Machismo In The White House


On a slow Saturday afternoon in the 1950’s, expansive and garrulous in his posh Senate majority-leader quarters, Johnson discoursed to a half dozen young Texas staffers in the patois of their shared native place. Why—he said—you take that ragtag bunch at Valley Forge, who’d have given them a cut dog’s chance? There they were, barefoot in the snow and their asses hanging out, nothing to eat but moss and dead leaves and snakes, not half enough bullets for their guns, and facing the soldiers of the most powerful king of his time. Yet they sucked it up, wouldn’t quit, lived to fight another day—and won. Or you take the Civil War, now: it had been so exceptionally bloody because you had aroused Americans fighting on both sides; it had been something like rock against rock, or like two mean ol’ pit bulldogs going at each other with neither of them willing to be chewed up and both of ’em thinking only of taking hunks out of the other. He again invoked the Alamo: a mere handful of freedom-loving men standing against the Mexican hordes, knowing they faced certain death, but they’d carved their names in history for all time, and before they got through with ol’ General Santa Anna he thought he’d stumbled into a nest of stinging scorpions or bumblebees.

Fifteen years later Johnson would show irritation when Clark Clifford suggested that victory in Vietnam might require a sustaining commitment of twenty to thirty years. No—L.B.J. said—no, no, the thing to do was get in and out quickly, pour everything you had into the fight, land the knockout blow: hell, the North Vietnamese had to see the futility of facing all that American muscle. If you really poured it on ’em, you could clean up that mess within six months. We had the troops, the firepower, the bombs, the sophisticated weaponry, the oil—everything we needed to win. Did we have the resolve? Well, the Texas Rangers had a saying that you couldn’t stop a man who just kept on a-coming. And that’s what we’d do in Vietnam, Clark, just keep on a-coming …

Always he talked of the necessity to be strong; he invoked his father’s standing up to the Ku Klux Klan in the igso’s, Teddy Roosevelt’s carrying that big stick, F.D.R.’s mobilizing the country to beat Hitler and Tojo. He liked oP Harry Truman—tough little bastard and his own man- but, listen, Harry and Dean Acheson had lost control when they failed to properly prosecute the Korean War. They lost the public’s respect, lost control of General MacArthur, lost the backing of Congress, lost the war or the next thing to it. Next thing you know, they got blamed for losing China and then there was Joe McCarthy accusing them of being soft on communism and everybody believed it. Well, it wouldn’t happen to him, nosir. He hadn’t started the Vietnam war—Jack Kennedy had made the first commitment of out-and-out combat troops, don’t forget—but he wouldn’t bug out no matter how much the Nervous Nellies brayed. Kennedy had proved during the Cuban missile crisis that if you stood firm then the Reds would back down. They were playground bullies, and he didn’t intend to be pushed around any more than Jack Kennedy had. When a bully ragged you, you didn’t go whining to the teacher but gave him some of his own medicine.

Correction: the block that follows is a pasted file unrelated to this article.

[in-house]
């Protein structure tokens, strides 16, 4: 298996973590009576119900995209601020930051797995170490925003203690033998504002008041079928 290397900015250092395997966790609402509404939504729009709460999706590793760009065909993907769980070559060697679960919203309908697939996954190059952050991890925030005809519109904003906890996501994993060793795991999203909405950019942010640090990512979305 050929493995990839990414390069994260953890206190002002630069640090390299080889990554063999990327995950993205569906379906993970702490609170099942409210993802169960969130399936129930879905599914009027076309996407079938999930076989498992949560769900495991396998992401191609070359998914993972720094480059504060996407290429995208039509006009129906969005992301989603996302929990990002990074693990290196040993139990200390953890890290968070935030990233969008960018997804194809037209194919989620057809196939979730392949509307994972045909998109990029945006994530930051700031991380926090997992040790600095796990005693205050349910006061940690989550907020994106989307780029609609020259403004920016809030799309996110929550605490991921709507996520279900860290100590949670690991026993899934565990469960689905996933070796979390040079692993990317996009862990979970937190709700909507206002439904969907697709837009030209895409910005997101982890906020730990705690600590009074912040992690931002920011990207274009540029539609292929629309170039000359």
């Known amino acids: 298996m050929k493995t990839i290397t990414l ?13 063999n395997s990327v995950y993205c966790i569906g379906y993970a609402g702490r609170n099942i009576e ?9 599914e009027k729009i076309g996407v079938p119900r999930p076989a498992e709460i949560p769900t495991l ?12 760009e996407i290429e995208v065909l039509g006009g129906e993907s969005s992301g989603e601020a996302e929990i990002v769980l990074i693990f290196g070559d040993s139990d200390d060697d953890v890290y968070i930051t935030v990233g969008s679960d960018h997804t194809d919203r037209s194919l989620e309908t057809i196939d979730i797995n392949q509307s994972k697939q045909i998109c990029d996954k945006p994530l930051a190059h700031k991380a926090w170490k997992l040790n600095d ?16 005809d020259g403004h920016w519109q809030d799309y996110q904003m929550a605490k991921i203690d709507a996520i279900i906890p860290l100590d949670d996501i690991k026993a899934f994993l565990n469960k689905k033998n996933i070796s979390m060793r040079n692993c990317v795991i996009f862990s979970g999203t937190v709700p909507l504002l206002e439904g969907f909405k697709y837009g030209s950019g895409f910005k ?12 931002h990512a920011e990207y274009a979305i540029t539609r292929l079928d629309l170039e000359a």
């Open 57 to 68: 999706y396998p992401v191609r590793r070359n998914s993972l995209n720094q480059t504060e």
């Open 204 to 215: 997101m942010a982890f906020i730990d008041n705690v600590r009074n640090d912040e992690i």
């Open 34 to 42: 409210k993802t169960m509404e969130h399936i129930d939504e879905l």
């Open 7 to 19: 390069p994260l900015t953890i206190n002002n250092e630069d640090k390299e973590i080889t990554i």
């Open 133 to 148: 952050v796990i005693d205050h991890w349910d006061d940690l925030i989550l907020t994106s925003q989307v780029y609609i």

Only later, in exile, when he spoke with unusual candor of his darker parts, did it become clear how obsessed with failure Lyndon Johnson always had been. As a preschool youngster he walked a country lane to visit a grandfather, his head stuffed with answers he knew would be required (“How many head of cattle you got, Lyndon? How much do they eat? How many head can you graze to the acre?”) and fearing he might forget them. If he forgot them, he got no bright-red apple but received, instead, a stern and disapproving gaze. L.B.J.’s mother, who smothered him with affection and praise should he perform to her pleasure, refused to acknowledge his presence should he somehow displease or disappoint her. His father accused him of being a sleepyhead, a slow starter, and sometimes said every boy in town had a two-hour head start on him. Had we known these things from scratch, we might not have wondered why Lyndon Johnson seemed so blind for so long to the Asian realities. His personal history simply permitted him no retreats or failures in testings.

From childhood L.B.J. experienced bad dreams. As with much else, they would stay with him to the grave. His nightmares were of being paralyzed and unable to act, of being chained inside a cage or to his desk, of being pursued by hostile forces. These and other disturbing dreams haunted his White House years; he could see himself stricken and ill on a cot, unable even to speak—like Woodrow Wilson—while, in an adjoining room, his trusted aides squabbled and quarreled in dividing his power. He translated the dreams to mean that should he for a moment show weakness, be indecisive, then history might judge him as the first American President who had failed to stand up and be counted.